Happy New Year everybody!
Have you made any New Year intentions? One of mine is to write more and share more blog posts so without further ado here is my recipe for Cheat’s Eccles Cakes.
If you don’t already know, Eccles Cakes originate from the Lancashire Town of Eccles in the UK. It is believed they were first sold commercially in around 1793 but their popularity stretches further back in history. It appears they were popular cakes at numerous community celebrations. So much so, that they gained the Puritan attention of Oliver Cromwell who banned the cakes for being inappropriately indulgent!
Eating them over the years in the UK, I have come across various recipes, with one version even using stale cake crumbs mixed with the fruit. Traditional Eccles cakes are made from flaky pastry and contain currants but I have adapted this recipe to make them super easy to put together with freezer and pantry staples so you can whip a batch up at any time. I swapped out the currants for sultanas as they are sweeter and less ‘gritty’ in my view.
Anyhow, let me know what you think. I hope you enjoy being ‘inappropriately indulgent’ as much as I do!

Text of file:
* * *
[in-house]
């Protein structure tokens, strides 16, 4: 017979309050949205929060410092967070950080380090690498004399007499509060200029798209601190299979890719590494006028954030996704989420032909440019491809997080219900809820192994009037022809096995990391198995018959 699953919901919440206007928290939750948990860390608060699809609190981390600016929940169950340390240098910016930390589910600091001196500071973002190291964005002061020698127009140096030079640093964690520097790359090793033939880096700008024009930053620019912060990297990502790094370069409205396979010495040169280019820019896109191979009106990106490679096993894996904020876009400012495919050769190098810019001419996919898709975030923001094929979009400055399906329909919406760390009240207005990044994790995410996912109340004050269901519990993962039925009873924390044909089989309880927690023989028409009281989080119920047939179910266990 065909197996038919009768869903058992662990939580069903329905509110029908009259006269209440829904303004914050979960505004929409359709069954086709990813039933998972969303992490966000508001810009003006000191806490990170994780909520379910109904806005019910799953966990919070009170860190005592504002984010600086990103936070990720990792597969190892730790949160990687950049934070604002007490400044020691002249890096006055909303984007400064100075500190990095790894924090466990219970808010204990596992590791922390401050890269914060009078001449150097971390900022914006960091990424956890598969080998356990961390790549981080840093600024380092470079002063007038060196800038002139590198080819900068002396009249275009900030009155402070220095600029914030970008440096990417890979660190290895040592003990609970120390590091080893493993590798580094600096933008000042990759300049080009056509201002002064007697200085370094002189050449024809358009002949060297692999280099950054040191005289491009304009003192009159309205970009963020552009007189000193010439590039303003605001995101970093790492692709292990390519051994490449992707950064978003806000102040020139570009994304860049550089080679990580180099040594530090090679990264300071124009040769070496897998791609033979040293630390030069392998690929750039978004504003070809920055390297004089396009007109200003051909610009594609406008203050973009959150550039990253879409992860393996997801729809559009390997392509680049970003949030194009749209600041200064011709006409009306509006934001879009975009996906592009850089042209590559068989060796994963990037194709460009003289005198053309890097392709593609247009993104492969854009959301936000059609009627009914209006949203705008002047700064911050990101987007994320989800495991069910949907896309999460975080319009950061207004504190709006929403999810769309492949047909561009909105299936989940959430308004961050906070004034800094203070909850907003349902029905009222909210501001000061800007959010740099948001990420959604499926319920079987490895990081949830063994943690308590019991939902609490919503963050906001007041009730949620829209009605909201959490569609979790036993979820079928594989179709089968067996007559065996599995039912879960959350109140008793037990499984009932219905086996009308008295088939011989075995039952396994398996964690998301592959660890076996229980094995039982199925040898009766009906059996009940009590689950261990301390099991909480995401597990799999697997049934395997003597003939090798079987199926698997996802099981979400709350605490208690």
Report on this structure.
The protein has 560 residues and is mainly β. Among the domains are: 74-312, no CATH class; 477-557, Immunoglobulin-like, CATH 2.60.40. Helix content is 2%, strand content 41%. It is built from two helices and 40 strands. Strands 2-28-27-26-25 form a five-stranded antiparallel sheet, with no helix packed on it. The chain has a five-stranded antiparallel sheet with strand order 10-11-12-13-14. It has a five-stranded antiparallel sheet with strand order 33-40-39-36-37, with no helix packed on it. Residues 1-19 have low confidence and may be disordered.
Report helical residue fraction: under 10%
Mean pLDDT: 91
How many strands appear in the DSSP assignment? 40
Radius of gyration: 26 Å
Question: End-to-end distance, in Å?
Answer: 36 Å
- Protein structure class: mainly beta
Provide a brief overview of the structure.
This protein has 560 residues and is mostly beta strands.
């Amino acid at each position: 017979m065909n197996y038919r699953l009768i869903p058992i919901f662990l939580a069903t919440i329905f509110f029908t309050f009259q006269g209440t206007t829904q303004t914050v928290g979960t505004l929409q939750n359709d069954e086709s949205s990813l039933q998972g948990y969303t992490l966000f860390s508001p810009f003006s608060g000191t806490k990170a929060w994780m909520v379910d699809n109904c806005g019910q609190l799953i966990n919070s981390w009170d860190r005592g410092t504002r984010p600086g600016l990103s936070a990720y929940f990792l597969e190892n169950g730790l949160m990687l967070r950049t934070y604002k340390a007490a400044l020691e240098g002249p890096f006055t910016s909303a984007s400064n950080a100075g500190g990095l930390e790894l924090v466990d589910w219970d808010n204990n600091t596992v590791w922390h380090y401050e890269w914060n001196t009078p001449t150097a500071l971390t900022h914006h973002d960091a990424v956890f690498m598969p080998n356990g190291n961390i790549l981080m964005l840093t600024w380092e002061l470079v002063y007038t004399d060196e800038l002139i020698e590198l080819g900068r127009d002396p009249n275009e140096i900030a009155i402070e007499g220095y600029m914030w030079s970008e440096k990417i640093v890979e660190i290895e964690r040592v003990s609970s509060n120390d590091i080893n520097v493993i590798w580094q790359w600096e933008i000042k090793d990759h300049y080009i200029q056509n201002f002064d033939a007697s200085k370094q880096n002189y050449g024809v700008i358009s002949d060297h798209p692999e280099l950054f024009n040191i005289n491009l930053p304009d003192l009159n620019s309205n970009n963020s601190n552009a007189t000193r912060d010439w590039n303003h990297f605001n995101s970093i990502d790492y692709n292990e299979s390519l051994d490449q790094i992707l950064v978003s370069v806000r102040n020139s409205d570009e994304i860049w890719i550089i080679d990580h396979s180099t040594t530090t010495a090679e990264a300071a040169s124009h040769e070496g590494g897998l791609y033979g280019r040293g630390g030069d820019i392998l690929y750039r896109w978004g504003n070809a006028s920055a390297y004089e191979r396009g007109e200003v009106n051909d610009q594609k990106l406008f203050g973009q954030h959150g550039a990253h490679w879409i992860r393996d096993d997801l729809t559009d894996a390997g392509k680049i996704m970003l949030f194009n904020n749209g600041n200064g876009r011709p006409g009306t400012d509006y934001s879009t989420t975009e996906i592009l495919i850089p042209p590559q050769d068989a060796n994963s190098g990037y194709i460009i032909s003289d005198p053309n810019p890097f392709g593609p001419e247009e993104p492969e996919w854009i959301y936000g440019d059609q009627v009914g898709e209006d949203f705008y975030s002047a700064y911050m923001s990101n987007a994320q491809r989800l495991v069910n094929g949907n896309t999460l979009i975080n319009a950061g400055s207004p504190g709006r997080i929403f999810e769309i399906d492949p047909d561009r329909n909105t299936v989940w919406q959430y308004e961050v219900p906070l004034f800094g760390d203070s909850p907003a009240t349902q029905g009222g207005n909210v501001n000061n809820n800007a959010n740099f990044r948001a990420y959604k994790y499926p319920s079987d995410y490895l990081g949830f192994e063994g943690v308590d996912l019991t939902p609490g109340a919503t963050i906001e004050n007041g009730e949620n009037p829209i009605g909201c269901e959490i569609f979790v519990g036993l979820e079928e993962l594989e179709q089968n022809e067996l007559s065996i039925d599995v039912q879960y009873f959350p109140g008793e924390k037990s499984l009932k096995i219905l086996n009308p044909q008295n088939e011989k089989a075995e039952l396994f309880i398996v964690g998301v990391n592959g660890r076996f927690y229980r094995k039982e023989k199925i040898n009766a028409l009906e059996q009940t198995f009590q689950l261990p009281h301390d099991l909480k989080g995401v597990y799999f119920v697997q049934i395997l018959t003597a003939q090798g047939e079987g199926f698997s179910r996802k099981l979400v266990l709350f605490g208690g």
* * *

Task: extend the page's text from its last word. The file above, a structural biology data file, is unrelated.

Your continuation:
My Cheat’s Eccles Cake recipe is part of the What’s on your plate blog post link party. You can check out all the posts here
The link party is hosted by the wonderful bloggers:
Cheat's Eccles Cakes
- 1 Baking Tray
- 1 Small saucepan
- 2 sheets Frozen ready rolled puff pastry Slightly defrosted so they can be cut and folded. Once defrosted keep in fridge until you are ready to use.
- 50 g butter
- 2 tbsp brown sugar
- 250 g sultanas (or currants)
- 1/2 tsp ground cinnamon
- 1/2 tsp ground nutmeg
- 1/2 tsp mixed spice
- 1 orange grated rind (optional)
- 1 egg
- white sugar for dusting
- Place butter in a pan and melt over a low heat, then add brown sugar and spices and stir over a gentle heat until fruit looks plump.
- Take off heat, add grated rind (optional) and egg yolk. Stir well. Allow to cool slightly.
- Roll pastry into 2 squares if not already shaped. Divide each sheet of pastry into quarters.
- Place a generous dollop of fruit mixture into the middle of each square until the mixture has been equally divided between all eight pieces of pastry.
- Fold in the corners and any excess pastry over the fruit to make a round, sealed shape. Don't worry about making them perfect. You will need to work quickly so the pastry doesn't go soggy from the fruit.
- Flip over each pastry pocket and place on a lined baking tray.
- Brush egg white (or milk) over the top of each cake to glaze and then spinkle generously with white sugar.
- Make three small cuts/slashes into the top of each cake.
- Bake in a moderate oven at 180C until the cakes look golden, crispy and puffy.
- Allow to cool and serve with a big pot of tea!